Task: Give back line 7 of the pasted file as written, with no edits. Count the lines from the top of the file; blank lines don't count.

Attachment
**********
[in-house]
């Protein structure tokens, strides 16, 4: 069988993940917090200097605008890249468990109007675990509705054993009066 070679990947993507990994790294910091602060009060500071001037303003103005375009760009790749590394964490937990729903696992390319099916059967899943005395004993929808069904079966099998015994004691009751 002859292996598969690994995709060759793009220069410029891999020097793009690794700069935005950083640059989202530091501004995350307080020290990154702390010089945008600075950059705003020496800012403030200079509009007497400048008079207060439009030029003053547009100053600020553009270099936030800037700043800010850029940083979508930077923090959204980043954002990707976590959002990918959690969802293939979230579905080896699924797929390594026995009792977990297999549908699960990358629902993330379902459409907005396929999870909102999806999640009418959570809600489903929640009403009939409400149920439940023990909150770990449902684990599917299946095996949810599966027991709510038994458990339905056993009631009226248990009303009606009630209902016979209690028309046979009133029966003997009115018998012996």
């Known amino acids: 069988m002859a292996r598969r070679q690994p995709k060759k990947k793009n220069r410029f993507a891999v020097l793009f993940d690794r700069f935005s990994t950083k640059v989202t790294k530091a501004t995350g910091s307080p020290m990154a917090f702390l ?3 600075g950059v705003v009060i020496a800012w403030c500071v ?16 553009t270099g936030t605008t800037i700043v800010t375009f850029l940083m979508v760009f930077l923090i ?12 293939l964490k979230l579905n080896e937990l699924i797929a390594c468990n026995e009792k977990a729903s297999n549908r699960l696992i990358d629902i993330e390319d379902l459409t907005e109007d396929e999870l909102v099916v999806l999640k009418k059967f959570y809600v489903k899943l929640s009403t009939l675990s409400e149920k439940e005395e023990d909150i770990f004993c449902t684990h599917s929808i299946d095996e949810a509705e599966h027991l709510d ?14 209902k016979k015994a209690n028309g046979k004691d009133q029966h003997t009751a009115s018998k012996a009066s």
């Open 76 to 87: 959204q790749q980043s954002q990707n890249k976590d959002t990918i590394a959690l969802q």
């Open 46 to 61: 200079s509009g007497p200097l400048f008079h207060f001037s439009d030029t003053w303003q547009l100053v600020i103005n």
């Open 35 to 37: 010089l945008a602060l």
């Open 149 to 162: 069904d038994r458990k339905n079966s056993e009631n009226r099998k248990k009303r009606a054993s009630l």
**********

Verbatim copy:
């Open 149 to 162: 069904d038994r458990k339905n079966s056993e009631n009226r099998k248990k009303r009606a054993s009630l």